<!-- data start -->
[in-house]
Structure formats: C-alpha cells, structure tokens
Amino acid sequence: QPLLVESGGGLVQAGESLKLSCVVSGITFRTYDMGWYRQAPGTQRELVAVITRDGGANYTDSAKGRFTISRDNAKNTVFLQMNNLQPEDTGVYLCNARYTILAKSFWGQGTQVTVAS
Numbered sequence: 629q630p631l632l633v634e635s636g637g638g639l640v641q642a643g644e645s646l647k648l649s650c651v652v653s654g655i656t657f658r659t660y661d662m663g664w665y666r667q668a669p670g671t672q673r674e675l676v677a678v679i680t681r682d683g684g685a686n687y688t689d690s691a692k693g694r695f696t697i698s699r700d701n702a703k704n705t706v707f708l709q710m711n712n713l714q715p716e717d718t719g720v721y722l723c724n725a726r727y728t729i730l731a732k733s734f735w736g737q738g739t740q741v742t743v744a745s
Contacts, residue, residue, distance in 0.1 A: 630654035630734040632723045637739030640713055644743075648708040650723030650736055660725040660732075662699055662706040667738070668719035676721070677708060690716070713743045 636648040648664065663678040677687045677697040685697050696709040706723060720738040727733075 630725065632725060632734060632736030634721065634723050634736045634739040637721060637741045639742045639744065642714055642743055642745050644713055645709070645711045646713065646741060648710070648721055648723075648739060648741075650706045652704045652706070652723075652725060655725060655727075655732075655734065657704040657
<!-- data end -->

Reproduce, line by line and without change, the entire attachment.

[in-house]
Structure formats: C-alpha cells, structure tokens
Amino acid sequence: QPLLVESGGGLVQAGESLKLSCVVSGITFRTYDMGWYRQAPGTQRELVAVITRDGGANYTDSAKGRFTISRDNAKNTVFLQMNNLQPEDTGVYLCNARYTILAKSFWGQGTQVTVAS
Numbered sequence: 629q630p631l632l633v634e635s636g637g638g639l640v641q642a643g644e645s646l647k648l649s650c651v652v653s654g655i656t657f658r659t660y661d662m663g664w665y666r667q668a669p670g671t672q673r674e675l676v677a678v679i680t681r682d683g684g685a686n687y688t689d690s691a692k693g694r695f696t697i698s699r700d701n702a703k704n705t706v707f708l709q710m711n712n713l714q715p716e717d718t719g720v721y722l723c724n725a726r727y728t729i730l731a732k733s734f735w736g737q738g739t740q741v742t743v744a745s
Contacts, residue, residue, distance in 0.1 A: 630654035630734040632723045637739030640713055644743075648708040650723030650736055660725040660732075662699055662706040667738070668719035676721070677708060690716070713743045 636648040648664065663678040677687045677697040685697050696709040706723060720738040727733075 630725065632725060632734060632736030634721065634723050634736045634739040637721060637741045639742045639744065642714055642743055642745050644713055645709070645711045646713065646741060648710070648721055648723075648739060648741075650706045652704045652706070652723075652725060655725060655727075655732075655734065657704040657